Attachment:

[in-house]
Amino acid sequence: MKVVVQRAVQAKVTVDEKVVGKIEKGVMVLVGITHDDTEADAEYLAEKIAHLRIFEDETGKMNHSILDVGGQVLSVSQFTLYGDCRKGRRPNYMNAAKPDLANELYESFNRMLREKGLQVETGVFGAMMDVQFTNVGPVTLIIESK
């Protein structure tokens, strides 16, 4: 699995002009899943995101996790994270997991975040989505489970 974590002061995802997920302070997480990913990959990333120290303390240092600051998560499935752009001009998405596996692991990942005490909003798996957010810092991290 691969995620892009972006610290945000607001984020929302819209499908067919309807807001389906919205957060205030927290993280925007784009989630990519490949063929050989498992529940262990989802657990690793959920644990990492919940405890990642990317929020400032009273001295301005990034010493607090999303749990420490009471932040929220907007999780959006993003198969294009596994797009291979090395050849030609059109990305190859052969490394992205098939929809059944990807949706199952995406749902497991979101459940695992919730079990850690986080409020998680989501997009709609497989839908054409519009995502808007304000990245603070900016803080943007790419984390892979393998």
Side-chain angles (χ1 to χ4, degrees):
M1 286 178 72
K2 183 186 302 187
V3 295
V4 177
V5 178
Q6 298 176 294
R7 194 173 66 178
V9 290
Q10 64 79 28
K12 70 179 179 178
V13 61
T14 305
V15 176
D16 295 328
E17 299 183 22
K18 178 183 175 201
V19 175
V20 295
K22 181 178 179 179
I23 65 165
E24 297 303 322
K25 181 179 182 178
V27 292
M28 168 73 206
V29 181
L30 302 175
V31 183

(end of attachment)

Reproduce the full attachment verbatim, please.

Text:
[in-house]
Amino acid sequence: MKVVVQRAVQAKVTVDEKVVGKIEKGVMVLVGITHDDTEADAEYLAEKIAHLRIFEDETGKMNHSILDVGGQVLSVSQFTLYGDCRKGRRPNYMNAAKPDLANELYESFNRMLREKGLQVETGVFGAMMDVQFTNVGPVTLIIESK
């Protein structure tokens, strides 16, 4: 699995002009899943995101996790994270997991975040989505489970 974590002061995802997920302070997480990913990959990333120290303390240092600051998560499935752009001009998405596996692991990942005490909003798996957010810092991290 691969995620892009972006610290945000607001984020929302819209499908067919309807807001389906919205957060205030927290993280925007784009989630990519490949063929050989498992529940262990989802657990690793959920644990990492919940405890990642990317929020400032009273001295301005990034010493607090999303749990420490009471932040929220907007999780959006993003198969294009596994797009291979090395050849030609059109990305190859052969490394992205098939929809059944990807949706199952995406749902497991979101459940695992919730079990850690986080409020998680989501997009709609497989839908054409519009995502808007304000990245603070900016803080943007790419984390892979393998």
Side-chain angles (χ1 to χ4, degrees):
M1 286 178 72
K2 183 186 302 187
V3 295
V4 177
V5 178
Q6 298 176 294
R7 194 173 66 178
V9 290
Q10 64 79 28
K12 70 179 179 178
V13 61
T14 305
V15 176
D16 295 328
E17 299 183 22
K18 178 183 175 201
V19 175
V20 295
K22 181 178 179 179
I23 65 165
E24 297 303 322
K25 181 179 182 178
V27 292
M28 168 73 206
V29 181
L30 302 175
V31 183